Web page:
Big-hitters stripped of special status as their schools struggle

Scores more system leaders have had their statuses stripped by the government after their school slumped below performance measures last year, new figures show.

Figures obtained under the freedom of information act show a sharp rise in the number of reviews the government has conducted into the suitability of national leaders of education (NLEs), national leaders of governance (NLGs) and also teaching schools.

Over the three categories, the number of reviews has risen from 211 in 2015-16 to 561 last year.

The number of de-designations (people who were then stripped of their system-leader status) has almost doubled, from 123 in 2015-16 to 220 last year.

Reviews are triggered when system leaders no longer meet certain criteria, set by the National College for Teaching and Leadership, or fail to provide school-to-school support within 12 months or commit professional misconduct.

The Department for Education refused to provide the actual numbers of system leaders over the three-year period our figures covered, meaning we couldn’t compare the rising number of reviews.

This could incentivise heads not to work in the worst schools in the country

But our data shows that system leaders being stripped of the status after their schools fell below progress and attainment performance measures has shot up.

In 2015-16, failing performance measures was the cause of only 0.5 per cent of reviews, and one per cent of de-designations. But by 2017-18, 33 per cent of reviews and 27 per cent of de-designations were because of failing performance data.

The rising number of reviews also comes as the government urged more heads to apply for NLE status in October. The DfE recently commissioned researchers to investigate whether sending supportive letters to would-be applicants would boost numbers.

Robert Campbell (pictured), an NLE who leads the Morris Education Trust based in Cambridgeshire, warned the threat of losing the status could “incentivise heads not to work in the worst schools in the country” where improvement could take time.

Guidance states that heads who move school must have previously led a school judged ‘good’ for leadership in the last three years and be given that grade when inspected again to keep NLE status.

But even outstanding heads may “need at least three years” to turn a school around, warned Campbell.

Other reasons for losing designated status – professional misconduct, failure to deliver support to other schools or financial non-compliance – have not changed much over the last three years.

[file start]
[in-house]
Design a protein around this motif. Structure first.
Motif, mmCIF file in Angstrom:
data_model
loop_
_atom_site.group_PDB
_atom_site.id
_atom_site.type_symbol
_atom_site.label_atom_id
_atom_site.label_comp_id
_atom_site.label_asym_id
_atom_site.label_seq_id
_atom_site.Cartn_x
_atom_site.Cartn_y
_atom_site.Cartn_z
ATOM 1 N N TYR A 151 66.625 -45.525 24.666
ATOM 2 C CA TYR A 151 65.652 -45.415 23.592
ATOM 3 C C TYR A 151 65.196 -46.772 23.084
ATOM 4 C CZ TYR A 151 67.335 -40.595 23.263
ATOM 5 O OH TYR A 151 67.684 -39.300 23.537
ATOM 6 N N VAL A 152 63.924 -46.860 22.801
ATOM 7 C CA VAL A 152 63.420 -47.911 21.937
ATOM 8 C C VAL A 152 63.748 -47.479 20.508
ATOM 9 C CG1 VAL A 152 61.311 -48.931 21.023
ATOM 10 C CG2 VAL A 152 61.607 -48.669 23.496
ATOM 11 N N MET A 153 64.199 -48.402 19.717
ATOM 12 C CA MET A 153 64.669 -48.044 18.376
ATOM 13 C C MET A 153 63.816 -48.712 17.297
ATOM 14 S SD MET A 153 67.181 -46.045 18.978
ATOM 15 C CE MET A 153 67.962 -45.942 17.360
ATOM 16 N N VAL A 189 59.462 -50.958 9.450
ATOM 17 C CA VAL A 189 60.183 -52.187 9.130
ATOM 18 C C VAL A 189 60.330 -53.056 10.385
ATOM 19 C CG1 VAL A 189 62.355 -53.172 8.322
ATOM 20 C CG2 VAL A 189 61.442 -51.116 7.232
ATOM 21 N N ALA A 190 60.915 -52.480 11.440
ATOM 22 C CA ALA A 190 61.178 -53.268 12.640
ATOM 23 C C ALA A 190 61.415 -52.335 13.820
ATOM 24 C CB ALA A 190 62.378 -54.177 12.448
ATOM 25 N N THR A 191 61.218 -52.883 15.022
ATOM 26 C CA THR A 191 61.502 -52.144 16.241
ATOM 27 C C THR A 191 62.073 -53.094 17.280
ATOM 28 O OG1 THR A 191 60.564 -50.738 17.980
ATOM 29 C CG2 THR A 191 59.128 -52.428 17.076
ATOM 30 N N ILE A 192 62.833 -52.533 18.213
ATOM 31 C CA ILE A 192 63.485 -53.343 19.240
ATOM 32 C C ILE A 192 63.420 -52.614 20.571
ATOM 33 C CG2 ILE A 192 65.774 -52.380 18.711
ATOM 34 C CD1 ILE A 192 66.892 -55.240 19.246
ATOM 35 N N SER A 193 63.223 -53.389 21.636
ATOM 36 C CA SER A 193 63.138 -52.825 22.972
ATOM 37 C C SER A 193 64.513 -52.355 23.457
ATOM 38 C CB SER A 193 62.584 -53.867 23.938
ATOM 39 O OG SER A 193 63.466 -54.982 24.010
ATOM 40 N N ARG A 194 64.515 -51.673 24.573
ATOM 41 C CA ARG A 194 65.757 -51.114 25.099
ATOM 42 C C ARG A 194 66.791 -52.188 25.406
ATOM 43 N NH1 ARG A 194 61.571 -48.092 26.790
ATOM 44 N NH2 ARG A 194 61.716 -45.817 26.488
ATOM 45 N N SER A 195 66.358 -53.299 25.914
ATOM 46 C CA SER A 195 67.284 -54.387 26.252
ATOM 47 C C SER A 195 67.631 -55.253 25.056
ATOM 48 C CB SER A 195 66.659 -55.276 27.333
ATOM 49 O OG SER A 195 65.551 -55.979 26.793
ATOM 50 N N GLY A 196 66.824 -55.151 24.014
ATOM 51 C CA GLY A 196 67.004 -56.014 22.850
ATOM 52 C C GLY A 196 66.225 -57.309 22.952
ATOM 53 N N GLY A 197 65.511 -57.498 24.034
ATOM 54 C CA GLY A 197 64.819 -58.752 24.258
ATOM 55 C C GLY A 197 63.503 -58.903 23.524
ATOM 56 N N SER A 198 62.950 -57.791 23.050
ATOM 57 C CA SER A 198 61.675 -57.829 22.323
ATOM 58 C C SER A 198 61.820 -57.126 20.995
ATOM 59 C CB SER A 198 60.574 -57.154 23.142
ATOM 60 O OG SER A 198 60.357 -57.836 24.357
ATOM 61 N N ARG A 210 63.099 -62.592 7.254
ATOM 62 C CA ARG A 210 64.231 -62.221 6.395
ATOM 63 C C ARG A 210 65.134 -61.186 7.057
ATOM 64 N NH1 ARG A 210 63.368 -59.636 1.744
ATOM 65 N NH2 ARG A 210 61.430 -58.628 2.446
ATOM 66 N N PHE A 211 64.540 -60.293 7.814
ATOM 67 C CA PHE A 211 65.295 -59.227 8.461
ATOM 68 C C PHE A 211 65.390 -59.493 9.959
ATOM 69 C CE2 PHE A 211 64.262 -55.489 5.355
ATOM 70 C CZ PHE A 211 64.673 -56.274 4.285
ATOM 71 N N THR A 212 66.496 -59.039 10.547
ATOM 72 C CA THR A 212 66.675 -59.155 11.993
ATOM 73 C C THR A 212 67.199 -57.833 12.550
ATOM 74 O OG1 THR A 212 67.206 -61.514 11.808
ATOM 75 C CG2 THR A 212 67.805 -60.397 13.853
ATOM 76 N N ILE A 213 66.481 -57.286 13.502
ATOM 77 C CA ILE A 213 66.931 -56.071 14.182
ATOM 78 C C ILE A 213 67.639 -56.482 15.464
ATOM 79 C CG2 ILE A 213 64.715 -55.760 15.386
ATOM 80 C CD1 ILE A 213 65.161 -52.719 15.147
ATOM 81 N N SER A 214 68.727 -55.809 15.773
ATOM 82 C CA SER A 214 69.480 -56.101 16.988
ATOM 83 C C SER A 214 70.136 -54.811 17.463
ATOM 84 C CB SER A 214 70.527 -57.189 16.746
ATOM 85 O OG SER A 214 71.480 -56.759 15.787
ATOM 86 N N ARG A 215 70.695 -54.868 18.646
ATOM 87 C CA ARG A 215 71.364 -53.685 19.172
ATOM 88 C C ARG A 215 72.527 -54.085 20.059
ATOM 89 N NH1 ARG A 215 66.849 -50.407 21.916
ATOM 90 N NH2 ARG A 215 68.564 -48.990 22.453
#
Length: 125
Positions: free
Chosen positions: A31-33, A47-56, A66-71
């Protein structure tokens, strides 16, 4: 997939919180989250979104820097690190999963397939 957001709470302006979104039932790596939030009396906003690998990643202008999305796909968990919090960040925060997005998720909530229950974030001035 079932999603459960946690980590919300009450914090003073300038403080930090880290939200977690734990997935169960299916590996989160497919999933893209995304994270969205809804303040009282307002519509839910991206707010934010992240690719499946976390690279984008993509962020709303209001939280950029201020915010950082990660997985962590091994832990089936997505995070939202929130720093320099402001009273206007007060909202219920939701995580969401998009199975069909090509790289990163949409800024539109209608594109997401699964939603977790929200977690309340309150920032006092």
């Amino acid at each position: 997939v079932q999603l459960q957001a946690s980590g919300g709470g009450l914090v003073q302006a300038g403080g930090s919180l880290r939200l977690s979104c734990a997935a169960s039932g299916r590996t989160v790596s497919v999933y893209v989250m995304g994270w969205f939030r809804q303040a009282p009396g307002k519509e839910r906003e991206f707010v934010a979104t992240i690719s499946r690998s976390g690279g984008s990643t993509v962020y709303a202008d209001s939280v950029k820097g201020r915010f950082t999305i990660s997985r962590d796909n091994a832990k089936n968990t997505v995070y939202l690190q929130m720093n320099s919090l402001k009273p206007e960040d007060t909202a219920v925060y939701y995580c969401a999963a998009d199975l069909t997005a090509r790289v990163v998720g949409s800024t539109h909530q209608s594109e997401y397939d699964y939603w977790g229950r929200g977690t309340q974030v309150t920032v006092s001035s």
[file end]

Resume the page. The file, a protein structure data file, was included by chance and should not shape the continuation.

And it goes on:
However, leaders losing their status because of a falling Ofsted judgment has dropped.

Roger Pope

Three years ago, Ofsted judgments prompted 13 per cent of reviews and 15 per cent of de-designations. But by 2017-18, Ofsted judgments prompted only four per cent of reviews and 10 per cent of de-designations.

In a blog last year, NCTL chair Roger Pope said the college had “recently introduced new designation criteria for NLEs […] that rely less heavily on Ofsted judgments and more on timely and accurate data” – which explains the rapid increase in reviews because of progress and attainment data.

But an academy head in Essex, who did not wish to be named, had their NLE status stripped after four years when their school-performance data dipped. The school was graded ‘good’ by Ofsted and the leader said this seemed “contradictory”.

The head was informed by a letter, seen by Schools Week, which stated: “I regret to inform you that your National leader of Education designation […] will be removed.”

They said there could be a “more humane way” of removing the status, such as a phone call with a “thanks for their hard work”.

However Rob McDonough, an NLE who leads the East Midlands Education Trust with 13 academies in Nottinghamshire, said designations should be reviewed if performance measures are missed, because “it will be hard to have credibility as a school leader advising others if your own school has slipped”.

When system leaders are identified as falling below eligibility criteria, they are informed that they can submit supporting statements providing context about their school and their impact to persuade the NCTL review panel not to drop their designation.

A review panel – made up representatives from the teaching school council, the DfE and a former Ofsted Her Majesty’s Inspector – then decides the outcome.

Of 140 reviews of national leaders of governors last year, 60 per cent kept their designation.

Meanwhile out of 135 reviews of teaching schools last year, almost 40 per cent kept their designation. Finally, of 286 reviews of national leaders of education, a third were kept on.

The Department for Education told Schools Week it is now reviewing how it can make “various improvements” to its system-leader designations, but would not provide further details.